Did you have to learn an entire new style of playing to adapt to the band’s existing material?
When Bernie left the band, I had to learn the banjo, peddle steel, all that country stuff that he had carried on his shoulders. Joe wasn’t going to be able to do it, so I had to do all the rock’n’roll guitar and all the country instruments as well. I wasn’t really given an option; I was the only one in the band who could do it.
You must have answered this before, but I’ve got to ask: it’s been 29 years since your last solo album and a decade since you parted ways with the Eagles.
Road To Forever doesn’t sound like a tortured album that’s been stewing for 30 years – so why such a long gap and what inspired you to put a new record out there?
Honestly, when you’re in the Eagles you can’t do anything but the Eagles. You eat, sleep and breathe the Eagles. You write Eagles’ tracks, you rehearse, you tour, and even if you’re off the road you are doing band business. That machine consumes every minute of every day. When I left the band in 2001. I went through a divorce from my wife and left the Eagles in the same 12-month period.
All those things that had defined me: being in a rock band and having a wife and family were stripped away from me. So I wanted to sit down and take some time to understand what had happened to me. From sitting on a dirt road in Gainesville, Florida in relative poverty and being dragged into church by my mother to being thrown into the Eagles and promiscuity and how it had changed me, and why.
So I started to do meditation, and I started to explore my past. I would write everything down on these legal pads in a self-exploratory effort, and my fiancé would read them and say; “This would make a great book”.
I ended up with five offers for a book, and I really wanted to get it out there; to show people what these experiences were really like. Because being in a whirlwind success like the Eagles makes you very malleable, and you do all change. It took me seven years to write that book, and as all these feelings were coming out, I’d go into the studio and write songs, tackling these experiences. So while I was touring the book and doing charity events I was writing this set of songs.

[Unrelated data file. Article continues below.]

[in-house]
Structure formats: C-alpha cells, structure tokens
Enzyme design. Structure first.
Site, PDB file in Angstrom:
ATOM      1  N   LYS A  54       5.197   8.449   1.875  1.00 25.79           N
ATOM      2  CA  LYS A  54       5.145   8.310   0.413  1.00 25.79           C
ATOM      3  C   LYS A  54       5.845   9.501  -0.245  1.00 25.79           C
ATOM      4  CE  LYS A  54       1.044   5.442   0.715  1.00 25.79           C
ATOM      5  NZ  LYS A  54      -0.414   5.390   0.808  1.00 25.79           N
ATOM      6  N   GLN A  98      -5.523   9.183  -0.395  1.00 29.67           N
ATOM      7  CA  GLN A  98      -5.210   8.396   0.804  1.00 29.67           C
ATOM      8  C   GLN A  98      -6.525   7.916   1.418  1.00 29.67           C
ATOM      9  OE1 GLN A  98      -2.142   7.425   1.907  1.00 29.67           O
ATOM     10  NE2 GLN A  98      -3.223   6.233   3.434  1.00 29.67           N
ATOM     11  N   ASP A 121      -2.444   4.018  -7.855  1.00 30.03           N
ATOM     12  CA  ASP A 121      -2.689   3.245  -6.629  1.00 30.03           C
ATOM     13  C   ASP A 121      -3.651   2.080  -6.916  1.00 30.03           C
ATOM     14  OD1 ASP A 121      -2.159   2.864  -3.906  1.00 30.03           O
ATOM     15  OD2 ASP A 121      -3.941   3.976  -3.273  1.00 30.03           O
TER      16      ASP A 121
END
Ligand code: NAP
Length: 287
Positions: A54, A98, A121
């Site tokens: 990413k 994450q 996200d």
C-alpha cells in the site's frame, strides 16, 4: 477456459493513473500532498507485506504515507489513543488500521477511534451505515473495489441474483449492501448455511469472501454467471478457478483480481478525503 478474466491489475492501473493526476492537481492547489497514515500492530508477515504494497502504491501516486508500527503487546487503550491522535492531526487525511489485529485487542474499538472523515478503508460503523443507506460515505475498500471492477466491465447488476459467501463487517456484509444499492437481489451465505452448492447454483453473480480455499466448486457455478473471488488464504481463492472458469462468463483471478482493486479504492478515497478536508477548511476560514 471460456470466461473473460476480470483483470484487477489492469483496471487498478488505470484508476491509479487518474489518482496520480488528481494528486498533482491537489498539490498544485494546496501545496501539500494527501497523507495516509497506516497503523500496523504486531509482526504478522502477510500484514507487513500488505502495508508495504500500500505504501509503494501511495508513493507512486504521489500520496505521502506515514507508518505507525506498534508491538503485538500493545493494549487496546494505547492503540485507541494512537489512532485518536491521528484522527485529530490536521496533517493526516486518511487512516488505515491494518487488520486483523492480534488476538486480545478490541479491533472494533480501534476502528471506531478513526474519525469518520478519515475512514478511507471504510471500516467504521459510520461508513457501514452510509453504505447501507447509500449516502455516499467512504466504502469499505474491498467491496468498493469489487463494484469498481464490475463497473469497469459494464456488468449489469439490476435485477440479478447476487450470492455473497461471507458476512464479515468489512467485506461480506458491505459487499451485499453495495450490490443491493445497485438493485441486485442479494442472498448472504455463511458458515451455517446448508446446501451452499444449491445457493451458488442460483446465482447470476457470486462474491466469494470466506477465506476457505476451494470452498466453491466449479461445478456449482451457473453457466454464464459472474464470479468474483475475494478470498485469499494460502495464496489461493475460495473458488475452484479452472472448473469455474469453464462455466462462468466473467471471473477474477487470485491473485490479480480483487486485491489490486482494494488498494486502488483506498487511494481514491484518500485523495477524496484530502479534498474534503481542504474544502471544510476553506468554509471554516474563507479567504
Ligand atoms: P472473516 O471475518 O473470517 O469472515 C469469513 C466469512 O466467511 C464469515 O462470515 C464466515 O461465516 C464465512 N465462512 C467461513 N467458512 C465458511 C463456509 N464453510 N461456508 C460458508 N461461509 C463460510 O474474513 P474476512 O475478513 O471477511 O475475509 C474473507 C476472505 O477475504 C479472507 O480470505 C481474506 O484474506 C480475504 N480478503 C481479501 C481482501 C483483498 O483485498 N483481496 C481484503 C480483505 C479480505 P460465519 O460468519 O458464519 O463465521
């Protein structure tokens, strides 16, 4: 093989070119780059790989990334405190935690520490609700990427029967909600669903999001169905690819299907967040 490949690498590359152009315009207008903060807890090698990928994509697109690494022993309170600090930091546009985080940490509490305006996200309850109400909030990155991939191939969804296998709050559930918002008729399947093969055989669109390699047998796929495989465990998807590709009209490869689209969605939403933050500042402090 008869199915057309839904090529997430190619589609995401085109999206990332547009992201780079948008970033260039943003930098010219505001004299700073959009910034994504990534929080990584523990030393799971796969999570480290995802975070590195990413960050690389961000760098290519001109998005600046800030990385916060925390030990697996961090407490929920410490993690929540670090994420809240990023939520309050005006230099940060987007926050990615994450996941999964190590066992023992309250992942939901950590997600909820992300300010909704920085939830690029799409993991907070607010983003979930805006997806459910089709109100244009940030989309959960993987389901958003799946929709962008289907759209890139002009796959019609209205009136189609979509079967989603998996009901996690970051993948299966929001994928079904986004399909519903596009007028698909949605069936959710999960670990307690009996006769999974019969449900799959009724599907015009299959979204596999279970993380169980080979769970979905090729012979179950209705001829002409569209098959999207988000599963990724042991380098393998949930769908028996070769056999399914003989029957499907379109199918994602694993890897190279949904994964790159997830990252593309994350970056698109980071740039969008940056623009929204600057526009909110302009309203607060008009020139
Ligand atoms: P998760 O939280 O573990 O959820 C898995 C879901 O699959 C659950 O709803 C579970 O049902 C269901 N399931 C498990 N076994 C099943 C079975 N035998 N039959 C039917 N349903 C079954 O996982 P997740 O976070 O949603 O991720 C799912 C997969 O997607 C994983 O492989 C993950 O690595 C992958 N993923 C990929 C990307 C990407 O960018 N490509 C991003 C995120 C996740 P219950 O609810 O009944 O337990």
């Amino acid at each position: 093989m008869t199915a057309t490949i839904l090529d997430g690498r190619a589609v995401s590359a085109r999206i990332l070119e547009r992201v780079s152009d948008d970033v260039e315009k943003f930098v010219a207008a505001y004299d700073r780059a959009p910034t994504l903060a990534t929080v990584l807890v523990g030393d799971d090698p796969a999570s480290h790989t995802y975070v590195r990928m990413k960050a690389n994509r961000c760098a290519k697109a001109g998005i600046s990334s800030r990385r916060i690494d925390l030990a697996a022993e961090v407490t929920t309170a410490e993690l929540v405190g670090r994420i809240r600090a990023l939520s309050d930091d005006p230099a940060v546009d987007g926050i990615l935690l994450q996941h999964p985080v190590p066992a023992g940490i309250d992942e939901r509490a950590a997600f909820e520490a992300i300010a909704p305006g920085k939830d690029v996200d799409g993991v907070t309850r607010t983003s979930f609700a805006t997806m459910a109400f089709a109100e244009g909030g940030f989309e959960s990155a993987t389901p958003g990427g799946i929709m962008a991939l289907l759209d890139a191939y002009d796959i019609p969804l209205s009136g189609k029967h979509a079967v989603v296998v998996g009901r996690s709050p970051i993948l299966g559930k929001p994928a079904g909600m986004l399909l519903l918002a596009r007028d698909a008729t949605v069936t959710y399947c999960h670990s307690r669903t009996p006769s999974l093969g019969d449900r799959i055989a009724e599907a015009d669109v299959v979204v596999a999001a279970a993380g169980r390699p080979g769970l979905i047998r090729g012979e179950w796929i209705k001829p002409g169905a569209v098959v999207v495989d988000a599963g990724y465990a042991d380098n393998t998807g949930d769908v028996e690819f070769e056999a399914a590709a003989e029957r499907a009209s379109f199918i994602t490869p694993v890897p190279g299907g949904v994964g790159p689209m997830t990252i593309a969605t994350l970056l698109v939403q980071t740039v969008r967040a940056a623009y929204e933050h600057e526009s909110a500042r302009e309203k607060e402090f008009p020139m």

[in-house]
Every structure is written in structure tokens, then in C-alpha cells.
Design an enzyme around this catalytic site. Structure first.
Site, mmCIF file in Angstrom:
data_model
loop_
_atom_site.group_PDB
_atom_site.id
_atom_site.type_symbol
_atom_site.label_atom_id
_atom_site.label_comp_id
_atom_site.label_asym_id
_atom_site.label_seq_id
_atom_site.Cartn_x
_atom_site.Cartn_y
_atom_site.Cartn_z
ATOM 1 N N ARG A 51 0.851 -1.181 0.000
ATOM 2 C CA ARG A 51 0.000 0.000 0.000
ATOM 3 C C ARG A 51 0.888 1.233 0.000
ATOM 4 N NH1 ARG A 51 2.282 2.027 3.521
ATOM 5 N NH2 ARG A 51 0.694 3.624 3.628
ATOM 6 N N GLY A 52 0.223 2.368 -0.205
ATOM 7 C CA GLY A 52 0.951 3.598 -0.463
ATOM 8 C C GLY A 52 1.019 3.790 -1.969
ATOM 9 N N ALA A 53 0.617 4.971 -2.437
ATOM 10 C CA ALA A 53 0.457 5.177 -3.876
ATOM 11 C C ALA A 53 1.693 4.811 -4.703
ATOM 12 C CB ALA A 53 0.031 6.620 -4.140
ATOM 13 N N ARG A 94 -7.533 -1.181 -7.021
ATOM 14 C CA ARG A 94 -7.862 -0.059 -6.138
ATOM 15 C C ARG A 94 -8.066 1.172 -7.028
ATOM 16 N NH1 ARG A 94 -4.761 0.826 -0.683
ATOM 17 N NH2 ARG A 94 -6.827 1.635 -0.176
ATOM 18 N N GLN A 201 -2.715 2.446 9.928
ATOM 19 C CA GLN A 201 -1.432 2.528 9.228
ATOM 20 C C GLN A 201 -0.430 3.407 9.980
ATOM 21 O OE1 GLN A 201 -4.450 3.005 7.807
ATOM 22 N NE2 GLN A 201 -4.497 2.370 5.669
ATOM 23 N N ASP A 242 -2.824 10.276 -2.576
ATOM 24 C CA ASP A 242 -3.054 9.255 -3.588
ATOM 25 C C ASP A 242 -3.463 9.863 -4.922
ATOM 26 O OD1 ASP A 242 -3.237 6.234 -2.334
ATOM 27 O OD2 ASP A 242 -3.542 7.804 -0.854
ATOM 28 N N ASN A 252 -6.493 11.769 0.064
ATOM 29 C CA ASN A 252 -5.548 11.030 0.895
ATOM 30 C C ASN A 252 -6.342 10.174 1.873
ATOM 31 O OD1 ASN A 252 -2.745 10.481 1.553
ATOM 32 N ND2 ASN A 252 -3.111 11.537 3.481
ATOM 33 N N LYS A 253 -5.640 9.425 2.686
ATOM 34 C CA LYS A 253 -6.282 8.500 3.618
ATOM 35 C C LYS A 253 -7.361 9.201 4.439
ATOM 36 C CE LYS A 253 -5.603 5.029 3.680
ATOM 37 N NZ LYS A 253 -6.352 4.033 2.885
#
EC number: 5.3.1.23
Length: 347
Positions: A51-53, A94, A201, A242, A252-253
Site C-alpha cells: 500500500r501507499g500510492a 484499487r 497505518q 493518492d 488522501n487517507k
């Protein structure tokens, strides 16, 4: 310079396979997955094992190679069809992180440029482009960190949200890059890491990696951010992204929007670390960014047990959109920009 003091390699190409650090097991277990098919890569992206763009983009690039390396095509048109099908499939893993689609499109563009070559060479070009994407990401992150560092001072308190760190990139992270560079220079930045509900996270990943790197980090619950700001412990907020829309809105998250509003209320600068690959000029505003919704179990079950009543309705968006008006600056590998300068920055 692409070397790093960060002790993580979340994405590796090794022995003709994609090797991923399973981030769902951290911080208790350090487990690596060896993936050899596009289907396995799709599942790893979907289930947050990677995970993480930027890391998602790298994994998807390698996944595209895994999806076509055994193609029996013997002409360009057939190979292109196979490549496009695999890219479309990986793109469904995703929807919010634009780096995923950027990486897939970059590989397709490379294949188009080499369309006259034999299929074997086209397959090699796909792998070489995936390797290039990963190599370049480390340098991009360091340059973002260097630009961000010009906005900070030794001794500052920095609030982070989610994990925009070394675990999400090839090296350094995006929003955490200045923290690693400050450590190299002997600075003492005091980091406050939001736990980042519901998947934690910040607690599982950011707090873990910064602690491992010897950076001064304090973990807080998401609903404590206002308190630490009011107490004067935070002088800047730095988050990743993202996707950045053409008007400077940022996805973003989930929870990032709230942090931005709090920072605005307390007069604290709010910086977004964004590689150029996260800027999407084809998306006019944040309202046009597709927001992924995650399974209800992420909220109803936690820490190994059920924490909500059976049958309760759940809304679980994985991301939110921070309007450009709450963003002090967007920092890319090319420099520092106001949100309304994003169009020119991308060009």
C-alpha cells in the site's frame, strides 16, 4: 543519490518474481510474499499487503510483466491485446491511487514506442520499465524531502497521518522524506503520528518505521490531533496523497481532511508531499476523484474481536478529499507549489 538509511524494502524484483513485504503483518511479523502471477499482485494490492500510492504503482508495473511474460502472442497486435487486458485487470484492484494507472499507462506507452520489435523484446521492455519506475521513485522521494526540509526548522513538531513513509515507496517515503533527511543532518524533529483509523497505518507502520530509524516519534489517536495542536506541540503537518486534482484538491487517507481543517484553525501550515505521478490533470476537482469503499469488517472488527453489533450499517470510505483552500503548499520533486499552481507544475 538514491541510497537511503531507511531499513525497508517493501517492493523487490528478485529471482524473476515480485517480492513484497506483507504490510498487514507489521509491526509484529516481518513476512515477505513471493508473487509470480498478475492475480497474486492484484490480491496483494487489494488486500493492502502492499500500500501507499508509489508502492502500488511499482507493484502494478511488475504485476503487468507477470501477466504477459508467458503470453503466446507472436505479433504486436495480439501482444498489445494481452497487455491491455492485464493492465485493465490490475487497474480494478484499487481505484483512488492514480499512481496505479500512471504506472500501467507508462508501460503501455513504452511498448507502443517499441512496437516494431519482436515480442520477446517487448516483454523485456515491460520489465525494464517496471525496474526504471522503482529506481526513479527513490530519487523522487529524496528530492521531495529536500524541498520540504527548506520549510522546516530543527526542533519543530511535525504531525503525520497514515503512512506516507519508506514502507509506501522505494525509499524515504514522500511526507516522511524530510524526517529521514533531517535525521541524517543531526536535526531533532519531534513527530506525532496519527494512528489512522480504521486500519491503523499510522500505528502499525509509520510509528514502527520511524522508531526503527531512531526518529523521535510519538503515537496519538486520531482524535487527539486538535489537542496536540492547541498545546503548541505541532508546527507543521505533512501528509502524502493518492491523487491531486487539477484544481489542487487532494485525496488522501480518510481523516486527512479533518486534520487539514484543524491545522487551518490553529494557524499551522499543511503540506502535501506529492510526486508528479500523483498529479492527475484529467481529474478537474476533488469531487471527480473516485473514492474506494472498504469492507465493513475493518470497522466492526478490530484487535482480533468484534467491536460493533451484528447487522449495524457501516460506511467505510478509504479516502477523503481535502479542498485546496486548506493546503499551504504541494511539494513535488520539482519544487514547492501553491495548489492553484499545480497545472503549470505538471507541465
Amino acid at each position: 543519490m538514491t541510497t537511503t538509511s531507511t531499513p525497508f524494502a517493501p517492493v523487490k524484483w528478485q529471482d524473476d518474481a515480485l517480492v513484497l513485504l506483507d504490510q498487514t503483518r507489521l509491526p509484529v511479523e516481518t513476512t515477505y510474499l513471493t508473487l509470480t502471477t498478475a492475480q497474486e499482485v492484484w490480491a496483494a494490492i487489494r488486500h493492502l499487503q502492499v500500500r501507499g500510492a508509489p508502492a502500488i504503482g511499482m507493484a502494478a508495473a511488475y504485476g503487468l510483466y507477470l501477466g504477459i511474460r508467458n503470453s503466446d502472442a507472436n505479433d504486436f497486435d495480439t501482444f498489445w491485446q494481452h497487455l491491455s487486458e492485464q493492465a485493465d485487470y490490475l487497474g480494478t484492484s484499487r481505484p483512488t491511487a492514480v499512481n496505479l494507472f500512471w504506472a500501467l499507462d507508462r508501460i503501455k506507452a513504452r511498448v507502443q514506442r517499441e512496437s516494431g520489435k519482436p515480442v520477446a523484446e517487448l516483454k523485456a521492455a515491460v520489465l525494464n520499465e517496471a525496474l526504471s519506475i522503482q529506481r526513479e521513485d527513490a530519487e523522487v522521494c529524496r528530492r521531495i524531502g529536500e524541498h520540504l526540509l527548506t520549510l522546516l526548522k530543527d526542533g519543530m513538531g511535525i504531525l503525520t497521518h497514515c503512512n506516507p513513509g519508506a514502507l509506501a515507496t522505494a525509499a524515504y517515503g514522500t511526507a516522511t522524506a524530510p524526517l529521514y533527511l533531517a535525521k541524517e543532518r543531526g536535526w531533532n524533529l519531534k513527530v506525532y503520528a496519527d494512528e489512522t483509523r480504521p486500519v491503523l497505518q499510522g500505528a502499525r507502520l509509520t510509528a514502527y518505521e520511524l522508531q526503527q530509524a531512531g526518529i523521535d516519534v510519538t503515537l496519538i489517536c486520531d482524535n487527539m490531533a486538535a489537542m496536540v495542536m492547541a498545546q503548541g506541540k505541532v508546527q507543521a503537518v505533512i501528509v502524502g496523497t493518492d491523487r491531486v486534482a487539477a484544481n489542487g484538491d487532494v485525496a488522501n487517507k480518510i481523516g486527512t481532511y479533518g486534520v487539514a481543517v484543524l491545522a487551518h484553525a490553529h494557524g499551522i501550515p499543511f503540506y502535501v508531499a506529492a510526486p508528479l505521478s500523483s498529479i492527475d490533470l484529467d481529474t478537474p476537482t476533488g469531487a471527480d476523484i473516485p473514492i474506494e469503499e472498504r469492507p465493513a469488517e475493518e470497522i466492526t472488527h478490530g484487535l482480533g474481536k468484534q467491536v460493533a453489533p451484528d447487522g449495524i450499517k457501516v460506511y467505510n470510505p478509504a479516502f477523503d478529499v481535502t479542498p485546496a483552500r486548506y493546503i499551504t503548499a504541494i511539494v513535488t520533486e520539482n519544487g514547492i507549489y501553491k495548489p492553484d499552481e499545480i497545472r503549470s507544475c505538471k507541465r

By the time I was done with the promotional tour, I had 26 tracks, and I decided to go into the studio and record and finish them. Finally, I took the best twelve and put them on the record.
The record doesn’t feel like a dark cathartic outpouring, but it came from your reflections on a series of traumatic and life changing events – why is that?
All the scars and all the wounds that we suffer from childhood experiences through love relationships and the betrayal of friends – they only make us stronger. They are gifts to us, lessons for learning what life is really all about. So the joyous part comes from going through those experiences and emotionally understanding what they really are – so you can take a deep breath and walk forward with a smile on your face. If you can’t release those negative energies, or those sorrows, you’ll end up spending your life as an unhappy soul.
And I choose not to spend my life as an unhappy soul. I love playing music, I love rock’n’roll, I love writing, singing and playing guitar. I get to go on stage and make people happy, and that’s what started me on this journey when I was 10 years old – it was this love of music. I try to take those experiences, especially the one’s that have a common human thread, and share them through music and song. So I feel as an artist that I’m producing things that are valid.
True art, whether it’s literature, painting, photography or music, really captures common experiences among people that we can all relate to. My task was to take my experiences, and relay them to people so they can relate to it in turn. We all want to cleanse ourselves and heal our wounds, and on “Heal Me” I try by going from rock to this joyous tribal African feeling musically. I wanted it to represent the wish to be healed, and then the feeling of having been healed. Capturing the idea of starting in one place and coming out the other side of the track somewhere completely different – from a rough beginning to a position of optimism.
It’s great to hear you talk about songwriting because we always like to get to know how different guitarists go about writing tracks. It seems from what you’re saying that you like to start with a mood or feeling and structure the guitar parts and sound around it?
Much like a woman giving birth there are multiple ways: face up, face down, breach, they come out all different ways. I still do a lot of meditation; so I write down lots of ideas, but sometimes I’m just playing guitar watching TV and a lick will come out, and I’m like oh wait! I’ve got to get in the studio. The song “Sensuality” started with a guitar lick, I loved it so much it just ended up turning it into a song. Sometimes I’m inspired by a true-life emotion, and I think: “I’ve got to turn this into song”.